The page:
Panamerican Journal of Trauma, Critical Care & Emergency Surgery

Register      Login

VOLUME 11 , ISSUE 1 ( January-April, 2022 ) > List of Articles

CASE REPORT

Retroperitoneal Hematoma as a Complication of Anticoagulation Therapy with Heparin

Gaby Jabbour, Rachel Beekman, Taylor Powell, Kevin Gobeske

Keywords : Arterial embolization, Deep vein thrombosis, Heparin, Protamine, Spontaneous retroperitoneal hemorrhage

Citation Information : Jabbour G, Beekman R, Powell T, Gobeske K. Retroperitoneal Hematoma as a Complication of Anticoagulation Therapy with Heparin. Panam J Trauma Crit Care Emerg Surg 2022; 11 (1):51-53.

DOI: 10.5005/jp-journals-10030-1372

License: CC BY-NC 4.0

Published Online: 04-05-2022

Copyright Statement:  Copyright © 2022; The Author(s).


Abstract

Aim: We report the case of a large spontaneous retroperitoneal hemorrhage in a patient receiving a heparin infusion. He was treated by blood transfusion, reversal with protamine, and angioembolization. Background: Spontaneous retroperitoneal hemorrhage can present as a rare life-threatening event characterized by sudden onset of bleeding into the retroperitoneal space, occurring in association with bleeding disorders, tumors, or anticoagulation. Case description: We report the case of a patient with central cord syndrome who was treated with heparin infusion for upper limb deep vein thrombosis. This was complicated by a large spontaneous retroperitoneal hemorrhage, which was treated by blood transfusion, reversal with protamine, and angioembolization. Retroperitoneal bleeding is a medical emergency that is often difficult to diagnose due to its rarity and the nonspecific symptoms with which it presents. Treatment may vary. In our case, blood transfusion, reversal of heparin with protamine, and interventional treatment were performed as active bleeding was recognized on angiography. Conclusion: Idiopathic retroperitoneal hemorrhage is an uncommon condition that may lead to shock if not promptly recognized. Timely diagnosis and treatment help improve outcomes. Clinical significance: This is a rare and challenging complication. Timely diagnosis requires high clinical suspicion. Management depends on hemodynamic stability. This case highlights the importance of early detection and treatment and opens the door for more studies to minimize related complications.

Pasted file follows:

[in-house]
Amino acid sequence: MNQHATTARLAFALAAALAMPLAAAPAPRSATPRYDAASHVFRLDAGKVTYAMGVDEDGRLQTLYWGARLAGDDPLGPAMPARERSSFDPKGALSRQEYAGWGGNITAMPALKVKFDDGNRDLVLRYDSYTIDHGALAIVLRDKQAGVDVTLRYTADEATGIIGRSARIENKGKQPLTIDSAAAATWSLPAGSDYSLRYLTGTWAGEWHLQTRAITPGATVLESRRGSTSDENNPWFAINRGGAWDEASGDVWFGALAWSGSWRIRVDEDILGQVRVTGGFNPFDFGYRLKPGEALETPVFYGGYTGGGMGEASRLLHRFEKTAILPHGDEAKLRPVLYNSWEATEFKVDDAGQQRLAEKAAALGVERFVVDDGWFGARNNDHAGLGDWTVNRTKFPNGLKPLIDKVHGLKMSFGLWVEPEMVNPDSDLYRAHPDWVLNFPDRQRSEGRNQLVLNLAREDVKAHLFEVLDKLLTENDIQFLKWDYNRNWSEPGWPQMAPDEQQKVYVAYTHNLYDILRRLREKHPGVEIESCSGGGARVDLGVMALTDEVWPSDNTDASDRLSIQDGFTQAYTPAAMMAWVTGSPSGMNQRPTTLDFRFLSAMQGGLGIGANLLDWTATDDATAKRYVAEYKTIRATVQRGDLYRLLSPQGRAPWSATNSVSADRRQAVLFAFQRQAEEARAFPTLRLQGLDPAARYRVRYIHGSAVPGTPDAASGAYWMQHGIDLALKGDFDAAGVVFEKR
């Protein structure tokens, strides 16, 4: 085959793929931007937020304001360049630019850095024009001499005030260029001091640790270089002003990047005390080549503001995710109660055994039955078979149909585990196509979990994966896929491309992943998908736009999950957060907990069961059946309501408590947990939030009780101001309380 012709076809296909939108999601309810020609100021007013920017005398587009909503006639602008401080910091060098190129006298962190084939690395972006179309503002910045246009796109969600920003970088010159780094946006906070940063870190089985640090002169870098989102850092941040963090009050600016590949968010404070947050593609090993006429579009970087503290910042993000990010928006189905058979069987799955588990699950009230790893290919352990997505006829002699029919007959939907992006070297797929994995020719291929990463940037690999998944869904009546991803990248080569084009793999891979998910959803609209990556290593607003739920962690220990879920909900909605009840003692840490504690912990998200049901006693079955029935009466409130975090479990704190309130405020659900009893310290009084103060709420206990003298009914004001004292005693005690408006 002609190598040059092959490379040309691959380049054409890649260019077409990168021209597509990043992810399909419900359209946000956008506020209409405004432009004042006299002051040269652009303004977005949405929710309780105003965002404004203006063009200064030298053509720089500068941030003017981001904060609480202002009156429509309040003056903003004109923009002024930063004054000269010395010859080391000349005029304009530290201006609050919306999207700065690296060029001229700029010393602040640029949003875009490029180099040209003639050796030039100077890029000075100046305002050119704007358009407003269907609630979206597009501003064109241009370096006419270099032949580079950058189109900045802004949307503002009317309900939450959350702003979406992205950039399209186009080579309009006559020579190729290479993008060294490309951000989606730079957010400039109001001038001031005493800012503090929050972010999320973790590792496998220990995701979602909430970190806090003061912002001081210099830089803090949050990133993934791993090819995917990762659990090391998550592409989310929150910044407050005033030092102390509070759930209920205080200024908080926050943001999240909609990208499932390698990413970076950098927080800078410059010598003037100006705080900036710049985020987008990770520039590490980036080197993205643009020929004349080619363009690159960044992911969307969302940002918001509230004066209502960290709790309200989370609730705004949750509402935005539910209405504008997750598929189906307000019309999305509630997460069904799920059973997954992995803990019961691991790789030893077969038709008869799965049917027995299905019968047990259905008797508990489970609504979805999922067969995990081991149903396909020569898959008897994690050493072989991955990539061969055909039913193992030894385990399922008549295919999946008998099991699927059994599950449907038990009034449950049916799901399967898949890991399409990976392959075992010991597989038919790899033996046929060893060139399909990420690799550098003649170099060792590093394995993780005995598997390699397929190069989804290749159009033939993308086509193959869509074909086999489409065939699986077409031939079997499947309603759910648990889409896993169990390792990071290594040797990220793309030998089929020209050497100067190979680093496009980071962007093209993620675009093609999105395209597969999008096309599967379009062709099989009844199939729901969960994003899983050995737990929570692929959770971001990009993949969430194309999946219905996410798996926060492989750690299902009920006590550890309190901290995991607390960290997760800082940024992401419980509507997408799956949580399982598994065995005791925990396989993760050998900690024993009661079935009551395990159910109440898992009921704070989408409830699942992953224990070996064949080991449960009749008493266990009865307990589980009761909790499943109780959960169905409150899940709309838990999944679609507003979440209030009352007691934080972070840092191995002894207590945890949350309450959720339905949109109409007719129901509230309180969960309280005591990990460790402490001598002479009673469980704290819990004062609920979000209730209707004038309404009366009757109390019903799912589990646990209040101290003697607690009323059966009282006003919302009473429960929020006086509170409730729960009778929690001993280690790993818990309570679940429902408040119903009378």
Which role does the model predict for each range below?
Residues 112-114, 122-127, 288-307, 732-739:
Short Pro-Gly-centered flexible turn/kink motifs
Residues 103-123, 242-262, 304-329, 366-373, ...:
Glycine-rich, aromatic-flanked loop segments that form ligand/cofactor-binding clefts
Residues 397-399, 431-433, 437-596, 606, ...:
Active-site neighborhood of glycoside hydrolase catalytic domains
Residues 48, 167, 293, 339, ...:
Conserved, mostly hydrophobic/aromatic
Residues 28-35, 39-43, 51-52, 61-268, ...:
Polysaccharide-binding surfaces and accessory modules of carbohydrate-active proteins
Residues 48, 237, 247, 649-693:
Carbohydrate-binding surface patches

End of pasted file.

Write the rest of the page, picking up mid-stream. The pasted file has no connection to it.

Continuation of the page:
PDF Share
  1. Sunga KL, Bellolio MF, Gilmore RM, et al. Spontaneous retroperitoneal hematoma: etiology, characteristics, management, and outcome. J Emerg Med 2012;43(2):e157–161. DOI: 10.1016/j.jemermed.2011.06.006
  2. Ibrahim W, Mohamed A, Sheikh M, et al. Antiplatelet therapy and spontaneous retroperitoneal hematoma: A case report and literature review. Am J Med Case Rep 2017;18:85–89. DOI: 10.12659/ajcr.901622
  3. Chan YC, Morales JP, Reidy JF, et al. Management of spontaneous and iatrogenic retroperitoneal haemorrhage: conservative management, endovascular intervention or open surgery?. Int J Clic Pract 2008;62(10):1604–1613. DOI: 10.1111/j.1742-1241.2007.01494.x
  4. Wolff JM, Jung PK, Adam G, et al. Spontaneous retroperitoneal haemorrhage associated with renal disease. JR Coll Surg Edinb 1998;43:53–56. PMID: 9560512.
  5. Pless T, Loertzer H, Brandt S, et al. Atraumatic retroperitoneal hemorrhage: interdisciplinary and differential diagnostic considerations based on a case report. Anaesthesiol Reanim 2003;28:50–53. PMID: 12756966.
  6. Seropian IM, Angiolillo DJ, Zenni MM, et al. Should endovascular approach be the first line of treatment for retroperitoneal bleeding with hemodynamic shock following percutaneous intervention? A case series. Catheter Cardiovasc Interv 2017;90(1):104–111. DOI: 10.1002/ccd.26775
  7. Surani S, Estement B, Manchandan S, et al. Spontaneous extraperitoneal lumbar artery hemorrhage. J Emerg Med 2011;40:e111–e114. DOI: 10.1016/j.jemermed.2008.01.029
PDF Share
PDF Share

© Jaypee Brothers Medical Publishers (P) LTD.